Funniness Negates Wrongness
Tuesday, August 19, 2003
The Blackout of 2003 or The Night the Lights Went Out in Canada
2:42 PM EDT

My AA flight touches down at Toronto-Pearson, on time and without incident. The MD-80 nudges up to the jetway and we slowly exit the aircraft. I, for one, am relieved to finally be away from the weird Dutch guy I'd been forced to sit next to. What made him weird? Well, he's Dutch. That's enough for me. On, and as soon as the plane took off, he took a thick sweater out of his carry-on and wrapped it tightly around his head. He then began to snore loudly, creating a sound that wreaked of one raised on socialized medicine and a constitutional monarchy. I'd spent about thirty seconds on the flight comparing the name "Netherlands" to "Nether Regions" and wondering if anyone else had noticed how close these two terms were. Across the aisle from me had been a group of French businessmen, who'd loudly conducted an in-flight business meeting, without regard for the other passengers, who, along with me, certainly regarded their nasally Gallic voices with disdain. I thought of a story in the Dallas Morning News I'd read earlier that day about how nearly 3,000 Frenchmen had died as a result of the heatwave that had struck Europe. I don't consider this all that great of a loss.

We make our way to the Customs area, which is a large room with about 20 lines leading to customs officers. I choose the shortest one, which proves to be a mistake. In my lifetime of bad choices, I've made yet another. The line crawls. I glance over at another line only to see both the Frenchmen and the Dutch guy zip through immigration and customs while I am stuck behind a particularly odoriferous family of Pakistanis. I spend my time looking over the Pakis. I notice that there are three sons and three daughters, all of which have uni-brows like their mother. It's the Jihad Bunch. Finally, after what is surely an eternity, it's my turn to be interviewed. I step up to the desk, making sure I look cooperative. The Canadian Immigration girl behind the counter is cute. It's been my experience that Toronto is full of attractive, neo-Socialist women and she is no exception. There's something a bit erotic about her uniform, with its shoulder patches featuring both English and French. If I were Canadian, I'd make an effort to speak English on a daily basis, but I'd certainly make love in French, as that seems like the right thing to do.

"Good afternoon!" she says, with a smile on her face and a certain something in her eye (which might be dust, but is probably relief to be talking to a white person whose native tongue is English rather than Arabic or Urdu).

"Hello," I reply, realizing that I just used the short, clipped accent of a Ontarian. I tend to do this everytime I'm in Canada--it's some kind of subconcious device I employ to fit in, I suppose.

She interviews me about my intentions in Canada, though she never comes out and asks the questions that I'm sure are burning deep in her heart, such as "Are you here to subvert the parliament and overthrow the bourgeoisies?" or "Will you come back to my place and make passionate American love to me after which we can lie in bed, smoking American cigarettes because Canadian cigarettes are crap while we watch Canadian Idol on CTV?" or "Is every American as full of himself as you are?"

I survive the interrogation, apparently having supplied acceptable answers to the cute officer. I've been granted entry into Canada. I follow the signs to the baggage claim and find my black duffel awaiting me. I take it off the carousel and open it to survey the contents. Everything is disheveled and a TSA slip is tucked inside, apologizing for messing everything up. Bastards could at least refold one's clothes instead of wadding them up. If I wanted to travel with wadded up clothes, I'd have packed a garbage bag, which I once actually saw some rednecks using as a carry-on on a Southwest flight once. What do you expect, though, when you offer one-way tickets anywhere within Texas for $34? It kind of makes me yearn for the days before deregulation when the Proletariat rarely could afford to fly.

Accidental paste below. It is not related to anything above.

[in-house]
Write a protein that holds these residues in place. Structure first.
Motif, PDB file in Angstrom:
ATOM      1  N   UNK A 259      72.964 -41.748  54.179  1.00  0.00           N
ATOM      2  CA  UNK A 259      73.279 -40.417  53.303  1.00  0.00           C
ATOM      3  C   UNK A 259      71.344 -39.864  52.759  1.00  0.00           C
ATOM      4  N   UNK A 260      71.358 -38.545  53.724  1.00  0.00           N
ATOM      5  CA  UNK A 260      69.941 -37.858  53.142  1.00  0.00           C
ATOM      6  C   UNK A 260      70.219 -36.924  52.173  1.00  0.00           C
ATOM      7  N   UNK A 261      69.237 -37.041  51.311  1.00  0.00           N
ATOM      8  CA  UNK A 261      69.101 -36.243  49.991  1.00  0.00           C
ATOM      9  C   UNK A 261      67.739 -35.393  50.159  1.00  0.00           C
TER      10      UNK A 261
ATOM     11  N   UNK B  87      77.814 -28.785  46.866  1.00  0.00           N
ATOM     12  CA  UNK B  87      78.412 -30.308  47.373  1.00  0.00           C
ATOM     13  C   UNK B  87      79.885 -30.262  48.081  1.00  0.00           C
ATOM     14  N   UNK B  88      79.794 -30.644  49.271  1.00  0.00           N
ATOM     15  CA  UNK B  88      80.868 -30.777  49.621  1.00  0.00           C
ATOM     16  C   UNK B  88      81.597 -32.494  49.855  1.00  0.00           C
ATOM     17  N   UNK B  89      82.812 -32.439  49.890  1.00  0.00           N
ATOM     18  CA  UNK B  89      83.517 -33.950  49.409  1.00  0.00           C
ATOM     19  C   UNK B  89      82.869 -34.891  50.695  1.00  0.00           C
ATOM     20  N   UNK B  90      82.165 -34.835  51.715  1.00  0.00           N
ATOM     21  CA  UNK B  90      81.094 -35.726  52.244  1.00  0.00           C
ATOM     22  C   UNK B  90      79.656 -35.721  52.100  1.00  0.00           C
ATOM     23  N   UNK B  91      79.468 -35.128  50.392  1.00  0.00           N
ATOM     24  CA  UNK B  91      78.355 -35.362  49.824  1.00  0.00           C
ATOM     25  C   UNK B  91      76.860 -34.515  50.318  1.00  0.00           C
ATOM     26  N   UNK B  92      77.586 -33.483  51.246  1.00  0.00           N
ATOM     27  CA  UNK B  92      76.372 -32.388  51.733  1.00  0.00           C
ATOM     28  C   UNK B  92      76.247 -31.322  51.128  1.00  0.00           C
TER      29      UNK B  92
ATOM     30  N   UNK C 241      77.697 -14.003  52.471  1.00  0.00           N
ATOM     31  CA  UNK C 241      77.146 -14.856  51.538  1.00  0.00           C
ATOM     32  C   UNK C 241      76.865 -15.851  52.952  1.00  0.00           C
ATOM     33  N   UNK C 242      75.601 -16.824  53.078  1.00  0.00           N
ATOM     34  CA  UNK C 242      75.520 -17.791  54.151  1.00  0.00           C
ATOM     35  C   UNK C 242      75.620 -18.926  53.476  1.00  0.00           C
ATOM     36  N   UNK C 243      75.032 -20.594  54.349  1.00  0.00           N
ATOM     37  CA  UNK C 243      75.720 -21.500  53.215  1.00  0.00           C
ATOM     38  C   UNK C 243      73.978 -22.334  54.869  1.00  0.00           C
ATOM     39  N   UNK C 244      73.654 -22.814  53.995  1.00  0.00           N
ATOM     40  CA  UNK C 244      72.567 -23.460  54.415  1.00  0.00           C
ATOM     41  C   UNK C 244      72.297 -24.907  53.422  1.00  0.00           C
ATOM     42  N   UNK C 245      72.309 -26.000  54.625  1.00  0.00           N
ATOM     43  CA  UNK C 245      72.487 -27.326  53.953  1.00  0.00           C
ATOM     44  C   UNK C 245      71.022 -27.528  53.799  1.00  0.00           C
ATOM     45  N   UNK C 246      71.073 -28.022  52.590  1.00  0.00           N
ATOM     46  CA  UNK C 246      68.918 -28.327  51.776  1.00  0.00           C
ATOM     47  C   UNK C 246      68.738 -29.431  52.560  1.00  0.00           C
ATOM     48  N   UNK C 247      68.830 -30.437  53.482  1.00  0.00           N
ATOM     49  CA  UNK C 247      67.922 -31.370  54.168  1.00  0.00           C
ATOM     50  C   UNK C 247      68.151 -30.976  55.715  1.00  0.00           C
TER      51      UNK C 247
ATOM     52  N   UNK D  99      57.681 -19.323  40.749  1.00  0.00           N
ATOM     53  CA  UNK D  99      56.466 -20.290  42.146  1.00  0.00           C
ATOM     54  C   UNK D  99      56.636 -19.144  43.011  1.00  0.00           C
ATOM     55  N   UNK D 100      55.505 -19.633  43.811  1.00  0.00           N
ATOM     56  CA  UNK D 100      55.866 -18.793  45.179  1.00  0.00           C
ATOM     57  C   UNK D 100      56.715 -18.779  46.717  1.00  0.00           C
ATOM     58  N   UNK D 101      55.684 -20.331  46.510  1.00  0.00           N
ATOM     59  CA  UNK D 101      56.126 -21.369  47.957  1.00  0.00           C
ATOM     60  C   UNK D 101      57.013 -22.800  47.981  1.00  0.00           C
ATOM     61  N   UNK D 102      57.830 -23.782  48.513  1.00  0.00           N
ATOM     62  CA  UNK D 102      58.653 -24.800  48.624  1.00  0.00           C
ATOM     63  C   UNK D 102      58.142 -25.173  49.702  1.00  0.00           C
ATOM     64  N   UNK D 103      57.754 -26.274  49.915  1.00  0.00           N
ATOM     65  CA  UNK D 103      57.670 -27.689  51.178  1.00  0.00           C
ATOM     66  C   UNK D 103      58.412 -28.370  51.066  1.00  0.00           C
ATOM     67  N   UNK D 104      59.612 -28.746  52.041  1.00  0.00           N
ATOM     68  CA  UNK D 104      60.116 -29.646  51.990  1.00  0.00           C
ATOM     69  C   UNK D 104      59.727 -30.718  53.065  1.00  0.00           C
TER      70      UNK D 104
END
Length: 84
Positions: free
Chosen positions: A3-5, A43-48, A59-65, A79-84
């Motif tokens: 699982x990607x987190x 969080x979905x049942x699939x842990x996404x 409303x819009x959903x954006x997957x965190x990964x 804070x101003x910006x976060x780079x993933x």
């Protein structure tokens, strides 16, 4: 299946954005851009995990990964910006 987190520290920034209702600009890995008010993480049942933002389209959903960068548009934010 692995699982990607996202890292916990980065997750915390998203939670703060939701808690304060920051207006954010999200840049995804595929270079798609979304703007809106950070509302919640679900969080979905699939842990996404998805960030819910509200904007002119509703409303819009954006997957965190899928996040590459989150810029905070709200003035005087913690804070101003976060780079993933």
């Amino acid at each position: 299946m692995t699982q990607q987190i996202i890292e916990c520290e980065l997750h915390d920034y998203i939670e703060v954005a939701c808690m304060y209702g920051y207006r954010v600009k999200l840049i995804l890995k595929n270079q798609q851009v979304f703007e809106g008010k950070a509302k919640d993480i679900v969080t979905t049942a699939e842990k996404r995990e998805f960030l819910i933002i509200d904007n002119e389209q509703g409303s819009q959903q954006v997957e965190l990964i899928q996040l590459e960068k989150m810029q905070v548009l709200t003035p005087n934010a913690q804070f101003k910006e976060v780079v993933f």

3:30 PM EDT

I exit the secure area and, luckily, immediately find Clay and Olivia. After greetings, we leave the terminal and cross over to the garage. It's hot, and the humidity coming off of Lake Ontario doesn't help matters. Despite having spent a better part of my life in the Texas heat, nothing has prepared me for this kind of humidity, as I've never lived in Houston. The air conditioning of Olivia's Camry is most welcome and soothing, and having paid the $8.50 CDN for the privilidge of parking in their fine garage, we're on our way south down the 407 towards the Gardiner Expressway. We take the Gardiner east towards downtown. Olivia and Clay inquire about my flight and about how things are back in Texas. I notice a bit of a peckish...a slight hunger growing inside me, no doubt an effect of having consumed very little that day. This is going to have to be remedied. Soon.

3:55 PM EDT

We park the Camry in an hourly lot. The automated parking attendant takes a while to figure out, as the instructions are in Canadian, rather than Standard, English. We finally figure it out, buying a few hours of parking priviledges, or at least we think we have. We set out on foot, taking in the cacophony of sights, sounds and smells that is Toronto.

4:05 PM EDT - Corner of Queen Street W. and Spadina

I spot a McDonalds. Normally, I'm not a huge fan, but as I only have like $5.00 CDN in cash, this will have to do. We make our way inside, past a particularly nasty group of sweaty, shirtless construction workers sitting on the sidewalk outside smoking their Players and Matinees.

4:07 PM EDT

I order a burger and a small Coke. I think it's weird to hear a Canadian accent coming from the Chinese guy behind the counter. He hands me my Coke and tells me to wait.

4:10 PM EDT